Out of the spotlight, Rams OLB Leonard Floyd thrives after Bears dump him

Floyd is about to play in his first Super Bowl and is enjoying the “peace” of playing without the mountain of pressure he was under with the Bears.

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Leonard Floyd has more sacks in two seasons with the Rams (20) than he had in four with the Bears (18.5).

Leonard Floyd has more sacks in two seasons with the Rams (20) than he had in four with the Bears (18.5).

Kevin C. Cox/Getty Images

LOS ANGELES — Former Bears first-round pick Leonard Floyd is well down the list of Rams defensive stars, which is hardly an insult given how many All-Pros they have, but he is not to be overlooked.

In the two seasons since the Bears dumped him, Floyd has been the player they always imagined — and the player he always imagined he could be, in the right situation.

“My first four years, I mean, I gave them all I had,” Floyd said of the Bears on Thursday. “I have no regrets about Chicago. I’m all L.A. now, and I’m all about the future.

Then he paused and added, “Thank you, Chicago.”

That thank-you could mean a lot of things.

Perhaps Floyd is grateful for what he learned under Khalil Mack and former defensive coordinator Vic Fangio. More likely, it’s one of those defiant thank-yous, as in thanks for giving up on him.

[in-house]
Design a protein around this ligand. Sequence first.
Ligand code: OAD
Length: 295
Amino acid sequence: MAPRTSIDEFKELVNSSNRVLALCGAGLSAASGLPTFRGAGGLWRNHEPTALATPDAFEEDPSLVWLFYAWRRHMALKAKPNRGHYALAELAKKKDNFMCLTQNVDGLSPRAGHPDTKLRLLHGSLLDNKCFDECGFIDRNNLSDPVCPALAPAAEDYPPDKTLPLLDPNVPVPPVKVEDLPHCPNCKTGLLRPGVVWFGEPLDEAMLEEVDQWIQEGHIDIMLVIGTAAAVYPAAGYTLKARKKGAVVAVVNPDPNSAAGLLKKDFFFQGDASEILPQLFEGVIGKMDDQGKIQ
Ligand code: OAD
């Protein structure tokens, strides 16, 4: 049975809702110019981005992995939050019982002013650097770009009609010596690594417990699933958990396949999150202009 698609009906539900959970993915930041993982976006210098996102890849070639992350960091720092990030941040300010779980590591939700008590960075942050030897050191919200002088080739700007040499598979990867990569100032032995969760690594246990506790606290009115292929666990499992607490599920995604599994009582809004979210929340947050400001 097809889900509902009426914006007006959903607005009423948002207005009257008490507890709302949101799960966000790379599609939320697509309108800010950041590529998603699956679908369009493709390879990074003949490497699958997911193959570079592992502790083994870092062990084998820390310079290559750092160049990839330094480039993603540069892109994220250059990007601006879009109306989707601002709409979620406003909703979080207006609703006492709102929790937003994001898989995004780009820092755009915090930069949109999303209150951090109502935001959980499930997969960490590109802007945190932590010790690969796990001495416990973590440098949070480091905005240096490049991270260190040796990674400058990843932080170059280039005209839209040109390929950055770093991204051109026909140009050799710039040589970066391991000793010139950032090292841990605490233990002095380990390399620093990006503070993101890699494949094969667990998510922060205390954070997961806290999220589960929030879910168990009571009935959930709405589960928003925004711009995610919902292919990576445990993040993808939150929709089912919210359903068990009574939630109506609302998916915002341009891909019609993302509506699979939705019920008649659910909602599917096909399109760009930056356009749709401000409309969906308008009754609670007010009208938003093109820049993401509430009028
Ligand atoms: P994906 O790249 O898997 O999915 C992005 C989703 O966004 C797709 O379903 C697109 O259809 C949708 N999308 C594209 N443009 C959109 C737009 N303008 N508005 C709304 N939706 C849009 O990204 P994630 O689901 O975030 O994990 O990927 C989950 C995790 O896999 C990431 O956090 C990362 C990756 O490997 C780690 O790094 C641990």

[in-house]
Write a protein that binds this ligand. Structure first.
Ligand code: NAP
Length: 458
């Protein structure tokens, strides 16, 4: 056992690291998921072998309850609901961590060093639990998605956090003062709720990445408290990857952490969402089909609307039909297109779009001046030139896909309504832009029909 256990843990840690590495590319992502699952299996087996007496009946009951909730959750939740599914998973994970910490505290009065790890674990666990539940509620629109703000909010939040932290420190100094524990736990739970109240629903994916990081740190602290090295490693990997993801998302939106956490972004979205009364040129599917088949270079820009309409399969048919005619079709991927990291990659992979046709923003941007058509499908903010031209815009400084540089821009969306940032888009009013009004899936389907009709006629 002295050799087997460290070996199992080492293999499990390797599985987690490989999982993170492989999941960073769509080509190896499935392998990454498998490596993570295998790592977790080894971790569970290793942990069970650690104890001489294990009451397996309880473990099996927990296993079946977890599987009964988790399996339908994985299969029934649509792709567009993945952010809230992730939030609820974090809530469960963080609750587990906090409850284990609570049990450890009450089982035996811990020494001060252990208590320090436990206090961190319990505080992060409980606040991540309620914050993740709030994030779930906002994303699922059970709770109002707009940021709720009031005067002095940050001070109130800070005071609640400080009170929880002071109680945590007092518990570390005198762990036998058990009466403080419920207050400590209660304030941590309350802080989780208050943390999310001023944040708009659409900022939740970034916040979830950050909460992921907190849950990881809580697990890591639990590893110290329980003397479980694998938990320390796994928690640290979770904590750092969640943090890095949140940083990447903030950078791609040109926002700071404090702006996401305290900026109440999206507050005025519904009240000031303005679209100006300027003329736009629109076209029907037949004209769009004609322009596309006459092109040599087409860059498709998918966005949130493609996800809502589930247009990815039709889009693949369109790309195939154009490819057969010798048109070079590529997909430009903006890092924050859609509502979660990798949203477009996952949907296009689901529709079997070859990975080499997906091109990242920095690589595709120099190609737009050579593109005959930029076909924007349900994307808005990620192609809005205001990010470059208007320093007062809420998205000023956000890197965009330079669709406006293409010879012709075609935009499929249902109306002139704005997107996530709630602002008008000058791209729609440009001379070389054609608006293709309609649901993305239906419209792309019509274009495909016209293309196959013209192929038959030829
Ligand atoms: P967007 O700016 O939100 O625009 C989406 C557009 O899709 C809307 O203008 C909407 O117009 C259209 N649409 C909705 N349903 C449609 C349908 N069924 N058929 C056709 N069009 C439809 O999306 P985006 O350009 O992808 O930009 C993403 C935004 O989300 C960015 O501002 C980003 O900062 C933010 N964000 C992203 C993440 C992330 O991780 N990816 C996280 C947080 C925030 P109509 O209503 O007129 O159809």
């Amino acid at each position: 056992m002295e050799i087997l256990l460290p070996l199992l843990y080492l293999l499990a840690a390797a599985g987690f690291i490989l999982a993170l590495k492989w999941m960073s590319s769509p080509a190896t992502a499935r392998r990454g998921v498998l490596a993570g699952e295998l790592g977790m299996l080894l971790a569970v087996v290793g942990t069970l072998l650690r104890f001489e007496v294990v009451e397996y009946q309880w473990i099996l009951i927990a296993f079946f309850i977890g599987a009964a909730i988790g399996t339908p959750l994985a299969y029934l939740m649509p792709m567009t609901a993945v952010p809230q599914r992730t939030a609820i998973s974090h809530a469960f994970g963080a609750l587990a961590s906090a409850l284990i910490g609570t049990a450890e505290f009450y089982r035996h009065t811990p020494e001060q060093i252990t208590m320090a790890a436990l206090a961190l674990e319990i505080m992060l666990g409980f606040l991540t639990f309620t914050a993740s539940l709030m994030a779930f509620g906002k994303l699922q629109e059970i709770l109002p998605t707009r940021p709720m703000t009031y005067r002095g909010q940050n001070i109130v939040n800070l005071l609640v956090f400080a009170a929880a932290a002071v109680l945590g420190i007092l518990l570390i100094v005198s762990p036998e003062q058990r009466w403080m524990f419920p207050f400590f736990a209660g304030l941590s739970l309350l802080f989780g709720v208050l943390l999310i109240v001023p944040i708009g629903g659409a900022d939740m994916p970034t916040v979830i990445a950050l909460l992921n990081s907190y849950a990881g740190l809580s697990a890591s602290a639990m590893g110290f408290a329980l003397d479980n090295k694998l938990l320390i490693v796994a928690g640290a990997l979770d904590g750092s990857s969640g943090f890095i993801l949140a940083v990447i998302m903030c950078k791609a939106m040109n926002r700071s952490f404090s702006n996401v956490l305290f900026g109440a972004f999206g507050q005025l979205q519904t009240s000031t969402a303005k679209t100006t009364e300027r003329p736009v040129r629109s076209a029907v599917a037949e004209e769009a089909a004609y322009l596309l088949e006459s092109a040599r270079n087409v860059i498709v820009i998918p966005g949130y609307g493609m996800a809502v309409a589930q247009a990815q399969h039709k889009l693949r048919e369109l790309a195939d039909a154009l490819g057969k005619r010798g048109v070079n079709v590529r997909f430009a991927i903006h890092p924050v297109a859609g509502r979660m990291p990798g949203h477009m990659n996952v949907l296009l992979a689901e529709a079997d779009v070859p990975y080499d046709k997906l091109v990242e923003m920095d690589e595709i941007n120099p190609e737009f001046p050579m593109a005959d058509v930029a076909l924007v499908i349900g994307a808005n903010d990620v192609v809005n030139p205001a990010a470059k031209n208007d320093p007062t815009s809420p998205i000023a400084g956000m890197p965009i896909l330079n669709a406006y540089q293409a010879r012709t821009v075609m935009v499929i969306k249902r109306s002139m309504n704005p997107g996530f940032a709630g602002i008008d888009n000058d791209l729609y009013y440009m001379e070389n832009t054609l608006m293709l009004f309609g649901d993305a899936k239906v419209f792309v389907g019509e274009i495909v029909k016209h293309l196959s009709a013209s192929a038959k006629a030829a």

It’s almost comical how badly the Bears and former general manager Ryan Pace whiffed on Floyd. First, they misjudged how well he’d fit in their system, then they parted with him just before he took off.

Floyd couldn’t be happier about the breakup, in hindsight. He’s an essential part of the Rams’ pass rush as they prepare to play the Bengals in Super Bowl LVI on Sunday.

While he always has been a solid, multifaceted outside linebacker, the Bears never saw him materialize as a pass rusher. But ever since the Rams scooped him up in free agency, he has been a monster. Floyd has more sacks for them (20) than he had in twice that time with the Bears (18½).

And that still leaves him as an afterthought behind Aaron Donald, one of the greatest defensive tackles of all time, and probable Hall of Famer Von Miller.

“If you bring Von’s name up, you gotta bring Flo’s name up,” Donald said Thursday after fielding what felt like the millionth question about Miller. “He’s a big guy, strong guy, but at the same time he’s got technique to play on the edge and he’s quick.

“He’s a big-time playmaker for us. It’s really been fun playing with Flo.”

Donald and Miller are the A-listers. Their dominance on the field and fame beyond it allows Floyd to work in silence.

Even after re-signing on a four-year, $64 million extension in the offseason, he’s not under nearly the pressure he felt with the Bears. Floyd didn’t offer any insight when asked why he’s thriving in Los Angeles after flopping in Chicago, but it must help that Donald and Miller are taking the full glare of the spotlight.

“There’s definitely benefits,” Floyd said. “I don’t have to talk to the media as much. I don’t get all the attention they get. It gives me peace. I don’t care for all the extra. I just want to line up and play.”

That simplicity has meant everything. His disappointing run with the Bears has faded, and now he’s one of the brightest stars about to take the biggest stage.

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